Interview quotes that touch on the importance of community, appearing in interview order.

In high school, [being Filipino became] more important to me. Realizing, oh, it’s awesome to be Filipino American, and be able to have friends who have the same experience. Like, our parents moved to the United States around the same time, and we have the dumb stereotypes that we totally make fun of, like about our parents being like, “Oh, did you lose something? Then look with your eyes and not with your mouth.” Those little phrases are always constant because I think we all grew up the same and it’s back to the family part of that.

It’s like we all grew up in different households but really, they’re all like the same household because we all somehow started in the same place and it’s just great to see that. No matter how far you can go from home—home being the Philippines—you can move anywhere but everyone kind of has the same experience growing up. I mean, it’s a little bit different obviously, every family is different, but it kind of plays into that idea of universality, being connected to other people who you don’t even know, or people who you haven’t met yet, or people who you used to know but who have grown away, or live any place else—it’s like there’s still a sense of home because people who also grew up in that same environment are very like-minded. And it’s like people who grew up the same way, you know they’re trustworthy because they have the same thinking of, “You know what this is.” We have the same foundation and it’s great to go back to our roots and think about that.

Even though I haven’t made very many connections in college [yet], [. . .] I think I don’t spend enough time with [others] because not a lot of people are Filipino American in my program and so I don’t get to talk to them about stuff like that because I just spent a lot of time in my music building. So, I don’t have time to go out and make other friends, which is totally fine, and I love talking to other people about their different backgrounds, but it’s different when you and this other person can be like, “Yeah, we grew up the same.”

Jessa, PLU, Class of 2023

I think I’m more exposed to thinking about ethnicity, with the [Ethnic Student Center] and the other [cultural] clubs and being more involved with [the Korean Students Association]. I’ve been able to figure out more of my Korean-ness and having those other people whom I would talk to about this stuff and whom I can relate to, I guess, is more different than before because there were other Korean Americans, but I think at Western it’s become more “above level,” with more people whom I can relate to.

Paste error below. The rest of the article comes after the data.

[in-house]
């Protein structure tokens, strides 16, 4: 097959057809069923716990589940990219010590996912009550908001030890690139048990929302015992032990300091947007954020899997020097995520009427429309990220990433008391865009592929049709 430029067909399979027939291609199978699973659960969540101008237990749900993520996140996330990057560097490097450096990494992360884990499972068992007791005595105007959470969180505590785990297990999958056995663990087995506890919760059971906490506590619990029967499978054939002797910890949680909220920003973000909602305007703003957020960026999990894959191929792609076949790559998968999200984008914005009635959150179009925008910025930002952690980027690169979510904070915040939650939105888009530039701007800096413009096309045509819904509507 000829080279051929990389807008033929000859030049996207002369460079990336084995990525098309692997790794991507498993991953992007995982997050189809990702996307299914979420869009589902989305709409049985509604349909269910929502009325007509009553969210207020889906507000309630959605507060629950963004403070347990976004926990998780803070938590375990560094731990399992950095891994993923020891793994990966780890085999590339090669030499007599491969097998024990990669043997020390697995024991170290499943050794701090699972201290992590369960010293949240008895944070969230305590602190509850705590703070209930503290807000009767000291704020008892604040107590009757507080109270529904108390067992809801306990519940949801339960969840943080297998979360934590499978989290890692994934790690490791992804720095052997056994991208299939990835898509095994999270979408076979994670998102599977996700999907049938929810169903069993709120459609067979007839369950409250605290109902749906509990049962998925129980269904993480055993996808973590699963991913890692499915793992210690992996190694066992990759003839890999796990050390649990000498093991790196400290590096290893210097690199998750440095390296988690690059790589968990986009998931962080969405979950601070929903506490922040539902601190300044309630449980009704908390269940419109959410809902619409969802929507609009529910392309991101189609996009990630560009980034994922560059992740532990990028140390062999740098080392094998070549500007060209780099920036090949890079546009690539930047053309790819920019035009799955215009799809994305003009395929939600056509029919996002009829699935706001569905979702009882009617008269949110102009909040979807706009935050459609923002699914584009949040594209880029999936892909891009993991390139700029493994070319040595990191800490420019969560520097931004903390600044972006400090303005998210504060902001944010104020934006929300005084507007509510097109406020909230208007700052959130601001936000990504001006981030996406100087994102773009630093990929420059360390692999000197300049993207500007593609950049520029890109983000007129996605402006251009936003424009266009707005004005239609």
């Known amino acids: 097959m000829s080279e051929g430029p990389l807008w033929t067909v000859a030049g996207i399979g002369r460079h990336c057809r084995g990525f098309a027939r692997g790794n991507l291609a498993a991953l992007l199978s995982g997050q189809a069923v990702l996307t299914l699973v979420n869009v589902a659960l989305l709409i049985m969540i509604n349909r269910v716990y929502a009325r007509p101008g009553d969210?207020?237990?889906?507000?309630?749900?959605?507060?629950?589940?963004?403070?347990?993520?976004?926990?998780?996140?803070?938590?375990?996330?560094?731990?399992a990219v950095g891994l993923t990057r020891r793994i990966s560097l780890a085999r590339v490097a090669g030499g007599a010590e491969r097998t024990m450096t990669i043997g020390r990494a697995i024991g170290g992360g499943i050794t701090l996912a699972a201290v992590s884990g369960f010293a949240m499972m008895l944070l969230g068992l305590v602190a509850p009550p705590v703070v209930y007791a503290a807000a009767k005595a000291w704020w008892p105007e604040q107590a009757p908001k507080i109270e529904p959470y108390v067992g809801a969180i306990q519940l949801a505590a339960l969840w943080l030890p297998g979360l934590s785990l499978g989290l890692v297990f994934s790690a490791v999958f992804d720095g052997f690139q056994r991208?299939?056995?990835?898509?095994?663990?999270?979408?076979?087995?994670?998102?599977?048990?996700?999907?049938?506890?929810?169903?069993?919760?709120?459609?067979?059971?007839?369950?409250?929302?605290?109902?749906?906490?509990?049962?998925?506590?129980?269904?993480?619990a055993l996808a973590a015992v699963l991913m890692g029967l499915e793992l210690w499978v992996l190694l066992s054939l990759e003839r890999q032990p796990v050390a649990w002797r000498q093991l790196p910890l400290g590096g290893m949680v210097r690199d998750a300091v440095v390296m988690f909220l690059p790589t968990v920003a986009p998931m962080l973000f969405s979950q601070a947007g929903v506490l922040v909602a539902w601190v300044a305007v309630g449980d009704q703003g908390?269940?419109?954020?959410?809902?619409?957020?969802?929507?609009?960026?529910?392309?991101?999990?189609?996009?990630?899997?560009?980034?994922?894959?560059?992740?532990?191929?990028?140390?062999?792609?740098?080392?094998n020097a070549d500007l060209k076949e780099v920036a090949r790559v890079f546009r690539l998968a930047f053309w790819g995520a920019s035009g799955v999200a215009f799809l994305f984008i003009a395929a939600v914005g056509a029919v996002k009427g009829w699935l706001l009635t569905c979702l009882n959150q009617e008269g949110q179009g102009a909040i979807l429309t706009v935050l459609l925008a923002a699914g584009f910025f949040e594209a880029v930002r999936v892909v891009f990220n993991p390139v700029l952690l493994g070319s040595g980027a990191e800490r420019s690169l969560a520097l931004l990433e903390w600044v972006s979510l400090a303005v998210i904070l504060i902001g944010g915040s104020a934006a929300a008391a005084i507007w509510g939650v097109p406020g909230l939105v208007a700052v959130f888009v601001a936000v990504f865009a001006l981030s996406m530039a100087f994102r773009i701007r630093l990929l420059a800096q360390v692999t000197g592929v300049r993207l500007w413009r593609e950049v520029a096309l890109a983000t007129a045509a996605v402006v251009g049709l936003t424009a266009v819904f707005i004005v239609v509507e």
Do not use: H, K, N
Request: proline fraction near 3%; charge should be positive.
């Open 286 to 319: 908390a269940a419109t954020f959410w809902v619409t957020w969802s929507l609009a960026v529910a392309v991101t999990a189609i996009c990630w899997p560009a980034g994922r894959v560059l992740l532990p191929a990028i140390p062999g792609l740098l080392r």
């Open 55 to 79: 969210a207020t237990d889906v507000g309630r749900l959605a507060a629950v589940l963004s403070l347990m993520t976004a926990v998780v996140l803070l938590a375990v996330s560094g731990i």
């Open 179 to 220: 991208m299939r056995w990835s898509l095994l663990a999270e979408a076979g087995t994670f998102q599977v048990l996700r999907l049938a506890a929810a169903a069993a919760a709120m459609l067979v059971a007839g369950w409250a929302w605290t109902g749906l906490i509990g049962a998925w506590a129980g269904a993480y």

Seraphina, WWU, Class of 2022

My aunt owned a—it was like a sari sari store. And so, growing up I just thought whoever walked in there was Filipino. We had a lot of different people coming in, even though they weren’t Filipino by blood, but I saw them as Filipino because, you know, I think that anyone can feel the Filipino spirit, and like, the welcoming [spirit] is in everything and I think that we can expand what Filipino looks like because we all look so different. Filipinos themselves are just, like, a mixed people, because of so much, like, colonization. A lot of influence, a lot of different people. And so, I guess we shouldn’t be focusing on what we look like but what we value and just welcoming people into the sphere.

Kayla, SU, Class of 2022

In general, minorities will group together with other minorities to kind of make more of a majority for themselves within the greater “actual” majority. So that’ll also involve just different, like, Asian students of many different backgrounds. Because they’re already lumped into one group, as minority groups, they’ll just embrace that and come together so you’ll see a lot of groups of people who have different multicultural backgrounds, but their common trait is that they are of different multicultural backgrounds, not that they’re all the same one. And that’s a really common effect I’ve seen everywhere I’ve lived. I think it’s just human nature to find that camaraderie. Wherever you are, you find that common ground with people who understand your position. And it’s certainly been something I’ve also done myself, and I think it just naturally occurs, and it’s just something interesting.

Mish, WWU, Class of 2021

[When I first went to the Filipino American Student Association it was like] “‘Ey yo, ‘ey yo!” And they just got louder and louder and I love having that space to express yourself. I feel really grateful for FASA because I felt like, for about one hour, I get to de-stress and laugh with all my friends and everything. And well, we see the same people every Wednesday, so it felt like, “What’s up?” And I’m also really glad that the MCC [Multicultural Center] opened up too because it allowed me to see more of my peers. [. . .] It just felt really nice, just having that place to share your culture, or have the food. It was like a huge family there. All of us were just having fun and just talking. I’m really glad that FASA was there for my first two quarters [in person], helping me adjust to Bellingham, but also helping me adjust to being a new person, I guess, being more adult.

Jannell, WWU, Class of 2023
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